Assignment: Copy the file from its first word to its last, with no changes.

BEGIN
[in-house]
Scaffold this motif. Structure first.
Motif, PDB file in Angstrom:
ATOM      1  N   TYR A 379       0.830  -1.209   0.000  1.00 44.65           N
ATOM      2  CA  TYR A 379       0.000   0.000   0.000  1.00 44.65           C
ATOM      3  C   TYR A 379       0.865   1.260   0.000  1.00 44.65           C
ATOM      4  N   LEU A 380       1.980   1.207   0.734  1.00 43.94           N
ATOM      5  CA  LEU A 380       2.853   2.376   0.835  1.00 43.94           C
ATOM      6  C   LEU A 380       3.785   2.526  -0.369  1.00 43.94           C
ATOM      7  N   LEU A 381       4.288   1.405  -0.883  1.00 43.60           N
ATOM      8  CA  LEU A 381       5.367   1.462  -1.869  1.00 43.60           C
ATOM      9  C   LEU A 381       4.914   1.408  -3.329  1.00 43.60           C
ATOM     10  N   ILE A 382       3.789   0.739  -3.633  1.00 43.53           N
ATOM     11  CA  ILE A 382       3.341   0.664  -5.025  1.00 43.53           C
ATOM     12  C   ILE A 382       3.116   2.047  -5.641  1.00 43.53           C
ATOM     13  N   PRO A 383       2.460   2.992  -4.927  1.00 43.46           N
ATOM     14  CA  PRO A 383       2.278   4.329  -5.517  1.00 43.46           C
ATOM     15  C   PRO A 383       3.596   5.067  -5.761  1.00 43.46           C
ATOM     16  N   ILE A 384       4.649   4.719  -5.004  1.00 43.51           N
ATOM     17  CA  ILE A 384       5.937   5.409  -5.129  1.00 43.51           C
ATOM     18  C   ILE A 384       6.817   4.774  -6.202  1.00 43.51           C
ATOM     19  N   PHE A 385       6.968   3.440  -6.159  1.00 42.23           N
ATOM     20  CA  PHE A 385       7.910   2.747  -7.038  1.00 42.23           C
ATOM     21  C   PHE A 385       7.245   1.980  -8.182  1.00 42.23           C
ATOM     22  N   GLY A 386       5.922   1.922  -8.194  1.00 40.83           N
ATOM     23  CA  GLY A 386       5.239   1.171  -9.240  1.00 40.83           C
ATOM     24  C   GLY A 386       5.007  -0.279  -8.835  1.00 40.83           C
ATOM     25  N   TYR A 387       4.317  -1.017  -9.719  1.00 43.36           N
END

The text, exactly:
[in-house]
Scaffold this motif. Structure first.
Motif, PDB file in Angstrom:
ATOM      1  N   TYR A 379       0.830  -1.209   0.000  1.00 44.65           N
ATOM      2  CA  TYR A 379       0.000   0.000   0.000  1.00 44.65           C
ATOM      3  C   TYR A 379       0.865   1.260   0.000  1.00 44.65           C
ATOM      4  N   LEU A 380       1.980   1.207   0.734  1.00 43.94           N
ATOM      5  CA  LEU A 380       2.853   2.376   0.835  1.00 43.94           C
ATOM      6  C   LEU A 380       3.785   2.526  -0.369  1.00 43.94           C
ATOM      7  N   LEU A 381       4.288   1.405  -0.883  1.00 43.60           N
ATOM      8  CA  LEU A 381       5.367   1.462  -1.869  1.00 43.60           C
ATOM      9  C   LEU A 381       4.914   1.408  -3.329  1.00 43.60           C
ATOM     10  N   ILE A 382       3.789   0.739  -3.633  1.00 43.53           N
ATOM     11  CA  ILE A 382       3.341   0.664  -5.025  1.00 43.53           C
ATOM     12  C   ILE A 382       3.116   2.047  -5.641  1.00 43.53           C
ATOM     13  N   PRO A 383       2.460   2.992  -4.927  1.00 43.46           N
ATOM     14  CA  PRO A 383       2.278   4.329  -5.517  1.00 43.46           C
ATOM     15  C   PRO A 383       3.596   5.067  -5.761  1.00 43.46           C
ATOM     16  N   ILE A 384       4.649   4.719  -5.004  1.00 43.51           N
ATOM     17  CA  ILE A 384       5.937   5.409  -5.129  1.00 43.51           C
ATOM     18  C   ILE A 384       6.817   4.774  -6.202  1.00 43.51           C
ATOM     19  N   PHE A 385       6.968   3.440  -6.159  1.00 42.23           N
ATOM     20  CA  PHE A 385       7.910   2.747  -7.038  1.00 42.23           C
ATOM     21  C   PHE A 385       7.245   1.980  -8.182  1.00 42.23           C
ATOM     22  N   GLY A 386       5.922   1.922  -8.194  1.00 40.83           N
ATOM     23  CA  GLY A 386       5.239   1.171  -9.240  1.00 40.83           C
ATOM     24  C   GLY A 386       5.007  -0.279  -8.835  1.00 40.83           C
ATOM     25  N   TYR A 387       4.317  -1.017  -9.719  1.00 43.36           N